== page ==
Mere Christianity Part 8

“The Invasion,” chapter 2 in the second book of Mere Christianity, wasn’t all that interesting to me, so this may be a short post.

C.S. Lewis states that “There are only two views that face all the facts. One is the Christian view that this is a good world that has gone wrong, but still retains the memory of what it ought to have been. The other is the view called Dualism.Dualism means the belief that there are two equal and independent powers at the back of everything, one of them good and the other bad, and that this universe is the battlefield in which they fight out an endless war.” My first problem with is claim is that he doesn’t state what the facts are. How can he say that Christianity faces all the facts if we don’t know what these facts are? It’s really a useless claim. My second problem with it is that he never says how the world has gone wrong. You can’t claim that something is broken and then not say how it’s broken. It’s another useless claim. My third problem with it is his explanation of dualism. There are multiple kinds of dualism. The one he’s discussing is moral dualism. There is also mind-body dualism, which is deeply ingrained in Christian theology. All in all, I don’t know what his point is in saying this other than to say “Christianity is right.” He’s writing a whole book with this premise, so he doesn’t really need this bit. Especially since he has yet to prove that Christianity is right.

He goes on to say “If ‘being good’ means simply joining the side you happen to fancy, for no real reason, then good would not deserve to be called good.” Again, there is no physical thing called “good.” “Good” is a label we give certain things. So yes, we do in fact say things are good simply because we like them. This does not mean that the word is meaningless. Lewis hasn’t defined what he means by “good,” so this sentence has no meaning. He also hasn’t given any evidence to support his stance that there is some objective “good.”

Continuing that trend, Lewis argues “But pleasure, money, power, and safety are all, as far as they go, good things.” Are they? How do we know that they are good? Where is the evidence? I certainly wouldn’t call money good. Money is something I need because I live in a society that has set money up as our main currency. It’s something I need to survive. I do call survival good. I call eating and warmth good. I call health good. And I need money to get all that. But money isn’t good, it’s how I get good things.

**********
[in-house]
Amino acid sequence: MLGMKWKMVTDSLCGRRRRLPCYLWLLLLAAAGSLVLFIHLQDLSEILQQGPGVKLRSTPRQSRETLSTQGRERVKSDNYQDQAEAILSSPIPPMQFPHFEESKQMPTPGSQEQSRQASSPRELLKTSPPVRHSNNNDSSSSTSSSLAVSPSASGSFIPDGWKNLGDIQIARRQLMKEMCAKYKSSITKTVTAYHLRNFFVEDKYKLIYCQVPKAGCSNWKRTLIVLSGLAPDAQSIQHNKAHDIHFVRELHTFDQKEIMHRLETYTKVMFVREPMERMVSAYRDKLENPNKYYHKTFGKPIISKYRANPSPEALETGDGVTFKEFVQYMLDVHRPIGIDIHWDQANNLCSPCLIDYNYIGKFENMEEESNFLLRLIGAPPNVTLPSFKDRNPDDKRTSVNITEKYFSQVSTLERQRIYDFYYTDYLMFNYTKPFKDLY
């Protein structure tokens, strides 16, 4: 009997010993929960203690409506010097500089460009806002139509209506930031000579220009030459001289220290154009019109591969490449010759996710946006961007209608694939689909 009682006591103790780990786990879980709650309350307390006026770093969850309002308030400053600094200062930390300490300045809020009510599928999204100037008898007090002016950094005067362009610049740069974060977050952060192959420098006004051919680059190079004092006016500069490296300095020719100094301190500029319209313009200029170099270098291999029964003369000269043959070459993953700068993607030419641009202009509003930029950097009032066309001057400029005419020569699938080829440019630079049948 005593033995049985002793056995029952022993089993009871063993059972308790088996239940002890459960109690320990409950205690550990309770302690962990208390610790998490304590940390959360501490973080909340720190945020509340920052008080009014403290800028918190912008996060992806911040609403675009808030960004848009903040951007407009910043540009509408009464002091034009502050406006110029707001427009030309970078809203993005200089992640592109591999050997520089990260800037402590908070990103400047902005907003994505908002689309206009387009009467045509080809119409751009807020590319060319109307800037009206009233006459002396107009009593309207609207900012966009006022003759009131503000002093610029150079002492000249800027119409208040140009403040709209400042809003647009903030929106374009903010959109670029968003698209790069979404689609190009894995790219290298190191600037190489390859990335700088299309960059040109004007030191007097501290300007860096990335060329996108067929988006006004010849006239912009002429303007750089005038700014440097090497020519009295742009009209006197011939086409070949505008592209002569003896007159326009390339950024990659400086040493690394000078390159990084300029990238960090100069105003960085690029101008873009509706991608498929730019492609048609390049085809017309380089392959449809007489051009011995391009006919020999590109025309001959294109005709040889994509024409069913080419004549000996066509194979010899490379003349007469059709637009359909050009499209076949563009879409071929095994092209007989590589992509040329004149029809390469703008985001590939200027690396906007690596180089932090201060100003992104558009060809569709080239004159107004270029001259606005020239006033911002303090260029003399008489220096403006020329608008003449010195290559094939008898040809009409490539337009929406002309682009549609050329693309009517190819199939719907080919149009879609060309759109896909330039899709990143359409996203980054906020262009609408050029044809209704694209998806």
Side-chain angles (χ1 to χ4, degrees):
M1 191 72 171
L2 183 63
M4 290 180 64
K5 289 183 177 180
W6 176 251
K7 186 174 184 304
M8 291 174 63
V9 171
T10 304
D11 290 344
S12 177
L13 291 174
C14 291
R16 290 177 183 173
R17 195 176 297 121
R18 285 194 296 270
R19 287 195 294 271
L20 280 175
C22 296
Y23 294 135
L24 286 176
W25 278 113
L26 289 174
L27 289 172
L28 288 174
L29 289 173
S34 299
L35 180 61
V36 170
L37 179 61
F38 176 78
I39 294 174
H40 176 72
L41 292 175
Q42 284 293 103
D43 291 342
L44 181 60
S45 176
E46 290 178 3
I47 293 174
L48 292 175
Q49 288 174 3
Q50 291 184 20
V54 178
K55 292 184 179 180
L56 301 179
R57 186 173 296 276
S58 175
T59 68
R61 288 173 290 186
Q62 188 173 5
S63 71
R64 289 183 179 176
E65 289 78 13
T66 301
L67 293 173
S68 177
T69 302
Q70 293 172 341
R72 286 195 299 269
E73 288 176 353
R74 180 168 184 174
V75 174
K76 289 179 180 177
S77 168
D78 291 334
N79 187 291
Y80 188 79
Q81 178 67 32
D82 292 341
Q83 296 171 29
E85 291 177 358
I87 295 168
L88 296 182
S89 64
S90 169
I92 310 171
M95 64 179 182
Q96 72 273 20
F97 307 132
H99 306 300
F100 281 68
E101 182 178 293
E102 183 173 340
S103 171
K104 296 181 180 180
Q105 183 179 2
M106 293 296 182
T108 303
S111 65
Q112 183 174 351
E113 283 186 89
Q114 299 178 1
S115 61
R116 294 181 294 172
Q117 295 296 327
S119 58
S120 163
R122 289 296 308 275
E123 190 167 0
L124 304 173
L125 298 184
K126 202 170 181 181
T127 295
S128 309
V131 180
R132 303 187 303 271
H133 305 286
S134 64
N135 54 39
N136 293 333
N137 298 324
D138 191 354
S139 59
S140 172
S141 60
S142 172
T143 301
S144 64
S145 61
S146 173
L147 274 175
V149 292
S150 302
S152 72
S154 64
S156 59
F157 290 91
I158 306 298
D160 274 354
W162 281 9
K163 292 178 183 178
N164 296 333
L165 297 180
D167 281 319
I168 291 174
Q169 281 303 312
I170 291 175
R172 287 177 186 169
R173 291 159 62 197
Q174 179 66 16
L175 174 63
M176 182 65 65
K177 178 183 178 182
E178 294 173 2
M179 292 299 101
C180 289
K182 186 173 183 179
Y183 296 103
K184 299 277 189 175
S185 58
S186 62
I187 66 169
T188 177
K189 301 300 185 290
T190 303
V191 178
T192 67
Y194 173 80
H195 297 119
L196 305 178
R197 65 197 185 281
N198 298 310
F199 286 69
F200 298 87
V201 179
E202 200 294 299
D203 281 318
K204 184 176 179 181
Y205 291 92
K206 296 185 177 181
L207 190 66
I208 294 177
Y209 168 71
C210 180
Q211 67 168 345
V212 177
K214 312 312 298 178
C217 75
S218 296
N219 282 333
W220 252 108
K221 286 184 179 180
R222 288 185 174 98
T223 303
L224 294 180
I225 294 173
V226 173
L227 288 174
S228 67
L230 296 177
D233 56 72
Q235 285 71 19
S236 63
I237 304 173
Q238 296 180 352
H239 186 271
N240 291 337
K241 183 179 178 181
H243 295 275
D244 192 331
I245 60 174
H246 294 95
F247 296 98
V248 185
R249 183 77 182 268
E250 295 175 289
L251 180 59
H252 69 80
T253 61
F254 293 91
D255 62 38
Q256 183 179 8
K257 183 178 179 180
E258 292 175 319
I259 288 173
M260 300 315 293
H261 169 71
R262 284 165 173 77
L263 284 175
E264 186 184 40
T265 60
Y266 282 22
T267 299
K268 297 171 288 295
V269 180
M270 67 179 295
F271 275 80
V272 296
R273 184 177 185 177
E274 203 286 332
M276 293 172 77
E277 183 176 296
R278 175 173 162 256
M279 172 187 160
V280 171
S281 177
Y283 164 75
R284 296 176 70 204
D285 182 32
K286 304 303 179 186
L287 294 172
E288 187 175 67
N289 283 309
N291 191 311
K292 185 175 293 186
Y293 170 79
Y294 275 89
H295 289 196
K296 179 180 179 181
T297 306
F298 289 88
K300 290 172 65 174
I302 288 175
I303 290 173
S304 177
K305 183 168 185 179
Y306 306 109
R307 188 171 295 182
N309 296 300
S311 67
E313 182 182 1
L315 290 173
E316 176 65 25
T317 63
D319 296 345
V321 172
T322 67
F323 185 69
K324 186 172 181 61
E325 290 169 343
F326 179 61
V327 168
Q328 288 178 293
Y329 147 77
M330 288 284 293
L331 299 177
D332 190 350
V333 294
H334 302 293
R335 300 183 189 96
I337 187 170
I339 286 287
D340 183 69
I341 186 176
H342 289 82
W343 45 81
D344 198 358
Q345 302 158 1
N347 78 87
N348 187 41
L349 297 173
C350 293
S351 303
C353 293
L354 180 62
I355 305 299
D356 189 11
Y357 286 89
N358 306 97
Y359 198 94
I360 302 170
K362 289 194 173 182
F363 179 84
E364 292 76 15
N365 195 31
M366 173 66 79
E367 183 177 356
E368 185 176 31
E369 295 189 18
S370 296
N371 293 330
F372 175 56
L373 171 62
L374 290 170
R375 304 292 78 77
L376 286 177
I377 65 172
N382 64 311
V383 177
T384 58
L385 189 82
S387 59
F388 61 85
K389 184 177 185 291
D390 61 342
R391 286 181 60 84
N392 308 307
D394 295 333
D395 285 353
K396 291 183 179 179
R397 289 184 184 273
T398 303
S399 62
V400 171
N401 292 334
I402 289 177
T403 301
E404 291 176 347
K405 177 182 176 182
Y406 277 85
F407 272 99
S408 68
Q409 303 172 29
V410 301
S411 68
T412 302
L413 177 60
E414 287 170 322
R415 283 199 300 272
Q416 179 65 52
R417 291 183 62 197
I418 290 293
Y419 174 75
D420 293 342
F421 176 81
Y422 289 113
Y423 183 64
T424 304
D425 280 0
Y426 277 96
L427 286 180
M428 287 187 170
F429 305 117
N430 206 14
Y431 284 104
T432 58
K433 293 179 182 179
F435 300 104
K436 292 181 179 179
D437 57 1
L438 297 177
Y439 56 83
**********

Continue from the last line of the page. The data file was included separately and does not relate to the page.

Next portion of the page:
He then says “And do you begin to see why Christianity has always said that the devil is a fallen angel?” Christianity calls Lucifer a fallen angel because it makes for a good story. It has nothing to do with his relationship with “good,” other than that it can be used to show that it’s Lucifer’s fault that there’s bad in the world, which takes the blame off God. Personally, I don’t see how Lucifer can be said to be truly evil. The “crime” he committed against God is petty at best. He certainly doesn’t have the higher body count between him and God. What has he done, really? Encouraged critical thinking? Proved that God is not good? Been a general annoyance to God? In Sunday school they said that Lucifer was bad because he disobeyed God and will tempt people away from God, but they never give any real reason as to why he’s bad. Disobedience can be a good thing where authority is concerned. Giving people a choice isn’t a bad thing. All the Lucifer story really says is that, as far as Christianity is concerned, it is “good” to be a thought-slave and “bad” to act on your “freewill.”




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